Your gut bacteria are crucial to your overall health and can affect both your body and brain.
If you told someone ten years ago that what’s in your gut could influence your brain or even result in depression, you’d be laughed at. The idea that the bacteria that live in your gastrointestinal tract plays an important role in the health of your brain is now a major focus of research and interest.
Your microbes are essential to the health of your gut and play a part in your physical health. The microbiome’s role in promoting good health may now extend to the health of your brain.
If you personally deal with depression, your diet may have more of an influencing factor than you realized.
Here are nine ways to cultivate good gut bacteria:
- Eat prebiotic and probiotic foods
- Take a probiotic supplement
- Consume plenty of plants and dietary fiber
- Get consistent sleep
- Lower your stress levels
- Cut down on sugar
- Exercise regularly
- Quit smoking
- Avoid antibiotics
What’s The Connection between a Healthy Gut and Mental Health?
When talking about a healthy gut, people are actually referring to what is called a microbiome. Your microbiome is the diverse population of trillions of microbes that live in your body. This part of your body controls how healthy you are both physically and mentally.
The microbiome consists of thousands of different types of bacteria, both ‘good’ and ‘bad.’ A healthy microbiome favors beneficial bacteria and prevents too much ‘bad’ bacteria which could harm your health. The system of communications between the gut and the brain is often referred to as the gut-brain or gut-brain axis.
How does a healthy gut connect to mental health? A recent study has found that two groups of bacteria: Coprococcus and Dialister, were lower in people with depression.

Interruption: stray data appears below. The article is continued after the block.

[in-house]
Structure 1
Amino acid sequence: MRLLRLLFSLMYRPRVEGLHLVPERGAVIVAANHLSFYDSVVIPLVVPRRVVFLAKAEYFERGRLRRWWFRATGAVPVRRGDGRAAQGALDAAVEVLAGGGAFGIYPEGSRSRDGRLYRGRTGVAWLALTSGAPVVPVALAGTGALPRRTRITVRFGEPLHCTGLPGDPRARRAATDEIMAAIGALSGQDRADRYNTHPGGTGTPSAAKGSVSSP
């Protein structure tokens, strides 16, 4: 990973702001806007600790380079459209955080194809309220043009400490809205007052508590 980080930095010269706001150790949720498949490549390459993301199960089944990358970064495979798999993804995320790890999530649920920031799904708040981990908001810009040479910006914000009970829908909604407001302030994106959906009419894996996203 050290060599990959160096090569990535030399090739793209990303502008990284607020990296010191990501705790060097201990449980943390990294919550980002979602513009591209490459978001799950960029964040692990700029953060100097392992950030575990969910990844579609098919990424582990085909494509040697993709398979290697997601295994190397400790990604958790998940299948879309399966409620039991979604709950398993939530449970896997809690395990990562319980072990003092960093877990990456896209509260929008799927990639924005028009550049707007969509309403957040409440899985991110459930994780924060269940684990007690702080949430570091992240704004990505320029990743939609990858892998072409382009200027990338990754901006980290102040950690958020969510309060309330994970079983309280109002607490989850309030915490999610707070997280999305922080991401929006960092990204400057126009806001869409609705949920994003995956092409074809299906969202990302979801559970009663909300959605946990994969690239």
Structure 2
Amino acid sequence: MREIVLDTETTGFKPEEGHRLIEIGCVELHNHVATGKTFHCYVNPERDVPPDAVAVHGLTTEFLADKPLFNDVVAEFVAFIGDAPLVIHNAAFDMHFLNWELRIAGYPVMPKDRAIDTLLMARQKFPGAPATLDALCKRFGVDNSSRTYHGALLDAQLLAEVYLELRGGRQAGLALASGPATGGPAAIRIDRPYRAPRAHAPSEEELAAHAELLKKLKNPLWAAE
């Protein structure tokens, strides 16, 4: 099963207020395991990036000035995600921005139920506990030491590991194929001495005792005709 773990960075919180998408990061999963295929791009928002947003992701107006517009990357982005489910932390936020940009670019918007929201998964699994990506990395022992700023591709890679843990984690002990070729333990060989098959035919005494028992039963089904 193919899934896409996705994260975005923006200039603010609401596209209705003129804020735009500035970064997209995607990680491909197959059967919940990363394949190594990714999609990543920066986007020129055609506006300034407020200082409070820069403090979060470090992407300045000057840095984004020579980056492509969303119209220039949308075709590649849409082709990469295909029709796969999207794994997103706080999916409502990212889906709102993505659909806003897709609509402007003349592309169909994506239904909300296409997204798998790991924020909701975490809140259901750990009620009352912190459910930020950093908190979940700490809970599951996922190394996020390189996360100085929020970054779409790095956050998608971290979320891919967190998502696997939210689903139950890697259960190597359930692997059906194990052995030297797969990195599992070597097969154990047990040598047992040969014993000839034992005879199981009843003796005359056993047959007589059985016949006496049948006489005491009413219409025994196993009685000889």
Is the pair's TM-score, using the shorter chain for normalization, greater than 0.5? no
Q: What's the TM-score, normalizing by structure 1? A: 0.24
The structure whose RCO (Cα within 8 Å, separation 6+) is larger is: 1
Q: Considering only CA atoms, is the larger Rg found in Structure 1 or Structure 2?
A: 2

There was also a positive correlation between quality of life and the gut microbiome’s ability to synthesize a breakdown product of the specific neurotransmitter dopamine. The results of the research are some of the strongest yet linking a person’s microbiome to their mental health.
One study suggested that a loss of microbiota as you age, is a potential contributor to chronic inflammation. The disruption to a healthful balance of bacteria not only contributes to chronic inflammation but could also lead to symptoms of disease throughout the body and the brain.
To maintain or create a healthy microbiome and support overall good health, it’s crucial to have a lot of beneficial bacteria. So if you find that you sometimes struggle with depression, a good first step to combat this is to eat a whole, healthy well-balanced diet full of probiotic and prebiotic foods.
Though you should always seek out professional medical help if you experience moderate or severe depression, a healthy diet may lessen some of your symptoms.
Good gut health is vital to overall well being. Your gut bacteria can be harmed by a number of factors such as:
- Drinking too much alcohol
- Not eating a diverse range of foods
- Overuse of antibiotics
- Lack of regular exercise
- Not getting enough sleep
- Too much stress
What Can You do to Promote a Healthy Gut and Reduce Depression?